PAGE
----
A GIANT TRUCK tire sits on the sidelines during basketball practices at the Siegel Center. It's usually wrapped in a bed sheet, which allow it to slide across the hardwood. Sometimes the tire is filled with weights, making it more difficult to push. Players must get low to shove it forward, which creates a burning sensation in the hamstrings, the lower back, thighs, calves — pretty much the entire body.
The drill was devised by Daniel Roose, strength and conditioning coach for the men's basketball team of Virginia Commonwealth University, and it serves as a potent symbol of the blue-collar work ethic required of players under Coach Shaka Smart.
"If you are not doing the right thing," former player Ed Nixon recalls, "you are going to have to go over there," meaning the tire, which tends to grow with each retelling, like a myth. Nixon, one of the four seniors on last year's team, still has close ties to Smart — and the tire. It wasn't that moving it was extremely hard, he says, but it added an aggravating, temperament-pushing dimension to the already brutal practices.
But that's not why the tire is important. In a magical year that launched the Rams — and Richmond — into the national conscience with a trip to the Final Four, the tire embodies all that is Coach Smart, and all that isn't. What most coaches would use as intimidation, a tortuous and cruel drill, Smart uses as a daily affirmation of the transformational qualities of discipline and hard work. Want to be great? Hit the tire. Smart doesn't punish players in the militaristic sense, he motivates by constantly reminding them why they came to VCU — to push themselves to be great. Don't be a hypocrite, hit the tire.
"If a guy's not functioning at a baseline level, he needs to be removed from practice temporarily," Smart says. "Roose came up with the tire concept, a relatively uniform reminder for the guys. They push the tire. Sometimes they carry the tire. Sometimes they put weights in the tire. It's a place in practice that you don't want to be."
It's also not a bad place for Richmond to start. This is a town searching for an identity, especially after the economic turmoil of the last four years. Richmonders too often find comfort in the way things were, which breeds complacency about confronting the future. When Smart was hired as the Rams' coach in the summer of 2009, considerable angst followed the loss of his predecessor, Anthony Grant, who took the team to two NCAA tournaments, beat Duke on national television, and generally was beloved. Smart inherited a team, and a city, that saw its better days in the rearview.
For giving Richmond a reason to flood Broad Street en masse, for the pure joy of seeing an undersized, scrappy team of underachievers take out five bigger, more-talented teams en route to the Final Four, for giving Richmond a blueprint for how to become great, Shaka Smart is Style Weekly's 2011 Richmonder of the Year.
Yes, it's only a game. Basketball won't solve our spiking poverty, crippling unemployment or lead to more businesses relocating here. But in 2011, Smart helped Richmond see itself as something more than an old city mired in what was. A group of unheralded players cast aside their hesitations, found a leader in their diminutive, giant killer of a head coach and became the greatest upset story in NCAA history.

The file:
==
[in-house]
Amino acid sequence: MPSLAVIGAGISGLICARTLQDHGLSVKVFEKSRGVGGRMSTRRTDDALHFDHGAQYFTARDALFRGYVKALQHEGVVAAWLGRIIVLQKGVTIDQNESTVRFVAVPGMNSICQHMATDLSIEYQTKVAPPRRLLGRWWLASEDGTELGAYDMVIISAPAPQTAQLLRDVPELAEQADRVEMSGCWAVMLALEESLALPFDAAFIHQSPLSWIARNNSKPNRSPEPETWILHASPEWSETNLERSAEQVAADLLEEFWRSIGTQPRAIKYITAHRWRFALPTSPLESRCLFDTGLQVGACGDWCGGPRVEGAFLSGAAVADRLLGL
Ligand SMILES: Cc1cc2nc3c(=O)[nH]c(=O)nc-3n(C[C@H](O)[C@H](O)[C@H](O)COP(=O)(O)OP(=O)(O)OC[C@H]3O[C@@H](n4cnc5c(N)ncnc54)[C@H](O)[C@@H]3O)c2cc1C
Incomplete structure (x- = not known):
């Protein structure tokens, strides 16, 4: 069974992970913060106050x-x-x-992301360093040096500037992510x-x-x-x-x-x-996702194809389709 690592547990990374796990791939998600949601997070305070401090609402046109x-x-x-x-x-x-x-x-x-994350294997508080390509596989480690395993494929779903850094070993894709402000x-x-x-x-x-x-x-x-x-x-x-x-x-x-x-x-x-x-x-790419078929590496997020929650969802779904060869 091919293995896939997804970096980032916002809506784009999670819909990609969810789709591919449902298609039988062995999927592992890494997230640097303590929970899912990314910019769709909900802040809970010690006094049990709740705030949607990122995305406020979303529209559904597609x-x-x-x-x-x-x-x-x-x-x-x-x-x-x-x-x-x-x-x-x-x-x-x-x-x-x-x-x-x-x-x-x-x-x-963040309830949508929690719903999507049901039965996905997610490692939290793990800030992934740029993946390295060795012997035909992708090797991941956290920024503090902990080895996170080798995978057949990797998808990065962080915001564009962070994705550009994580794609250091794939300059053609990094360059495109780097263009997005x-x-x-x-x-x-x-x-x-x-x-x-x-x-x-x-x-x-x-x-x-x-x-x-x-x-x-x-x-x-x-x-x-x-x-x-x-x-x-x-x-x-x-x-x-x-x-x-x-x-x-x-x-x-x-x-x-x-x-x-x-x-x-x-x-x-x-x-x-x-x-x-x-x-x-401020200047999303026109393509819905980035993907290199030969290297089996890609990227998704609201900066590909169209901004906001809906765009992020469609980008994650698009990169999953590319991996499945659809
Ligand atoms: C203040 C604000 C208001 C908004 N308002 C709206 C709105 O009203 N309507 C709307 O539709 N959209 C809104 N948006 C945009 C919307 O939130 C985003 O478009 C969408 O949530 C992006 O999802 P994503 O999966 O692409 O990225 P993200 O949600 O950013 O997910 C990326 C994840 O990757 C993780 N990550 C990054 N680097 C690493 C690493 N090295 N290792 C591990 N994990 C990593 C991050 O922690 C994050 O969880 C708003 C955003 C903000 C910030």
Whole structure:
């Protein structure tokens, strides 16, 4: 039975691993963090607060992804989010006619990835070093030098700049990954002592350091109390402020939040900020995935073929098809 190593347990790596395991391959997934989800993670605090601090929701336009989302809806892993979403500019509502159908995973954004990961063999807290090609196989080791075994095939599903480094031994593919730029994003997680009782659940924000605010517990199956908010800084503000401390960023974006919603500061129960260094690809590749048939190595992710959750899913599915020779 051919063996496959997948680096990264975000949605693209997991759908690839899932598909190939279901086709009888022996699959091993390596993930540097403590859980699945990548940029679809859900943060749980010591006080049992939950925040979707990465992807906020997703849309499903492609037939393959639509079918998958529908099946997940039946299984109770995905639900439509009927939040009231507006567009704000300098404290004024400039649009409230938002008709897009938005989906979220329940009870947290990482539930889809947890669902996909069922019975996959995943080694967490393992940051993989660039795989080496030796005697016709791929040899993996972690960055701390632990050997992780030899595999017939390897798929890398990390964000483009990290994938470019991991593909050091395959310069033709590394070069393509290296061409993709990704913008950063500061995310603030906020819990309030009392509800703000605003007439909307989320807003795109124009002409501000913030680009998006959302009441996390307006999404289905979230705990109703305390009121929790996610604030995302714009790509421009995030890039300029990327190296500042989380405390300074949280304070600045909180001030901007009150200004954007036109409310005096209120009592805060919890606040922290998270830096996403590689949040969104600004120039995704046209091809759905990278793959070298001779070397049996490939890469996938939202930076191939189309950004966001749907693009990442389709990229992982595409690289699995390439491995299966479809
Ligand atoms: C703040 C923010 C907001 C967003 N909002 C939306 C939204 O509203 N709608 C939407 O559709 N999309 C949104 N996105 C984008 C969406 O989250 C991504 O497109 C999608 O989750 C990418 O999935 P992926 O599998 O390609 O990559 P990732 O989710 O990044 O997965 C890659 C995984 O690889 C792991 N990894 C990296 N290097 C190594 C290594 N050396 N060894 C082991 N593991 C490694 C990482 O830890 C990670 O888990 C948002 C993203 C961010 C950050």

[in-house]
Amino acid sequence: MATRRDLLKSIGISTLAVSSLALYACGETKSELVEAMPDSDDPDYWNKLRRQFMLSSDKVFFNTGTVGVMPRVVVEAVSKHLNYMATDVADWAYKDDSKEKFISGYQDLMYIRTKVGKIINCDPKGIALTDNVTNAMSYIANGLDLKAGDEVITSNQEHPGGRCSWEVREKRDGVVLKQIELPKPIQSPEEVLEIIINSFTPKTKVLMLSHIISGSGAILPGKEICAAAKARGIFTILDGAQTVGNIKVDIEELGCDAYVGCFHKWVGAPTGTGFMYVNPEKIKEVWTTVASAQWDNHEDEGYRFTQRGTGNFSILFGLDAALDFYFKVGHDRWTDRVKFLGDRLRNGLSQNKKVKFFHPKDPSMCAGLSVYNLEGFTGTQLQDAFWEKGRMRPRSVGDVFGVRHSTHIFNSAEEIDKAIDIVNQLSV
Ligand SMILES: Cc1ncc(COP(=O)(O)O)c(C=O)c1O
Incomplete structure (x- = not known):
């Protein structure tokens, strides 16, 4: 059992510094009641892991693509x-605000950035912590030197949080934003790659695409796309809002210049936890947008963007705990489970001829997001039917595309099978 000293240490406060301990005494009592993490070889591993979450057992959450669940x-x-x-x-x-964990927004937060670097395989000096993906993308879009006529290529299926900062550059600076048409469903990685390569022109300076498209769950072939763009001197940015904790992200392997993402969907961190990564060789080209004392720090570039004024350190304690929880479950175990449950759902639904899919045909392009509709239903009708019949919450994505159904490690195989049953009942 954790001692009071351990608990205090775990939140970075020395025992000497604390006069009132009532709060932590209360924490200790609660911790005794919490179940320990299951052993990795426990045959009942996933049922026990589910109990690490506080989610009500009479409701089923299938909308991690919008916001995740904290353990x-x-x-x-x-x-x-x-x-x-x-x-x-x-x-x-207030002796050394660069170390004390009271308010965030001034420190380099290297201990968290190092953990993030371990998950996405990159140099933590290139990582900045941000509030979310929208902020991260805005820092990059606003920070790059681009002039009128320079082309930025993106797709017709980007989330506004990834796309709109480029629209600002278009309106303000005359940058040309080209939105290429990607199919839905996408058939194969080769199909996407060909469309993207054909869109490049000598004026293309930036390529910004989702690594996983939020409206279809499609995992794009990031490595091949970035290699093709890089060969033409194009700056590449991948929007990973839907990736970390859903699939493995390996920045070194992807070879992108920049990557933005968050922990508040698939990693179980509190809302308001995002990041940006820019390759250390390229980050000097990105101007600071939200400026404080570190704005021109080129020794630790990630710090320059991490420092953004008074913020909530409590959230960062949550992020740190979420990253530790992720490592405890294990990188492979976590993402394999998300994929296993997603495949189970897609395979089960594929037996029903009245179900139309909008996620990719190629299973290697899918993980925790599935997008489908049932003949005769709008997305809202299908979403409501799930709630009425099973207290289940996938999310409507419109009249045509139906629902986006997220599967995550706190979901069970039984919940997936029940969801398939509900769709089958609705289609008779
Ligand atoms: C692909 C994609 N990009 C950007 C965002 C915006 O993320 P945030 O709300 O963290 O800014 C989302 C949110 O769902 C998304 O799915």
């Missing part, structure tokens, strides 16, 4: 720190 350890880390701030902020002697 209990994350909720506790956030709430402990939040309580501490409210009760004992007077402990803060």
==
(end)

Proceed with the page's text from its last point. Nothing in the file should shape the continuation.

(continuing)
RICHMONDERS SHOULD BE content to buy their commemorative T-shirts, have a beer at the bar and reminisce. Where were you when the team bludgeoned Georgetown and Purdue by a combined 36 points? Or the 1-point victory over Florida State in the Sweet Sixteen, when Bradford "Big Shot" Burgess found the net as time expired? And who could forget Kansas, then the last remaining No. 1 seed in the tournament — with the giant Morris twins and all that history (Kansas' first coach in 1898, James Naismith, actually invented basketball) — which the Rams were beating by 14 at halftime?
To be fair, no one really saw it coming. Especially Richmonders. This was a team that was blown out of the Robins Center by its cross-town rival, the University of Richmond, lost five games in February and universally was dismissed and derided by the basketball pundits for even getting into the NCAA tournament. Smart used it all as motivation. The Rams didn't just advance to the Final Four, eking out a handful of close wins. They bludgeoned the competition. With an unrelenting defense that never stopped pressing, the Rams beat the University of Southern California by 13, Georgetown by 18, Purdue by 18 and Kansas by 10.
At 34, Smart easily could have cashed in on his magical run. The most popular coach in the country for three weeks in March, the energetic Smart dove after loose balls during televised practices, strutted up and down the sidelines and gave inspirational speeches in the locker room before games. The week after VCU lost to Butler in the Final Four, he was offered the job at N.C. State, and was rumored to be a head-coaching candidate at several other higher-profile schools.
No one would have blamed him if he left. His predecessors, Grant and Jeff Capel, used VCU as a launch pad to bigger jobs at Alabama and Oklahoma — bigger schools with bigger budgets and bigger paychecks. But Smart chose to stay. A group of young, athletic recruits were on the way, and he liked VCU. His wife, Maya, loved Richmond and was pregnant with their first child (Zora's now 3 months old). The university signed Smart to an eight-year contract in early April, with a base salary of $1.2 million a year, a healthy raise from his previous salary of $350,000. Still, he left $800,000 on the table in turning down N.C. State, which reportedly offered Smart $2 million a year.
"People talk about a window of opportunity being there last year, and what if that window closes?" Smart says of the decision. "Well, it's not like a window that's in a burning building, you know. I'm in a really good place. I forget the coach that said, I think it was a football coach a while back, 'Be careful that you don't run away from happiness.' And this is a place where I'm happy."
SMART'S LOVE OF basketball, by most accounts, couldn't have been foreseen. His mother came from a baseball family, and his father, who was in and out of his life, preferred soccer. "I had no influences in basketball," he says, explaining that he didn't start playing until he was 11 or 12. "I didn't really have anyone teach me basketball."
So he taught himself. He grew up in Madison, Wis., during the golden era of basketball, when Larry Bird and Magic Johnson were winning championships in the NBA, and Michael Jordan was just coming into his prime. Smart loved the game, especially Magic and the showtime Lakers of the 1980s.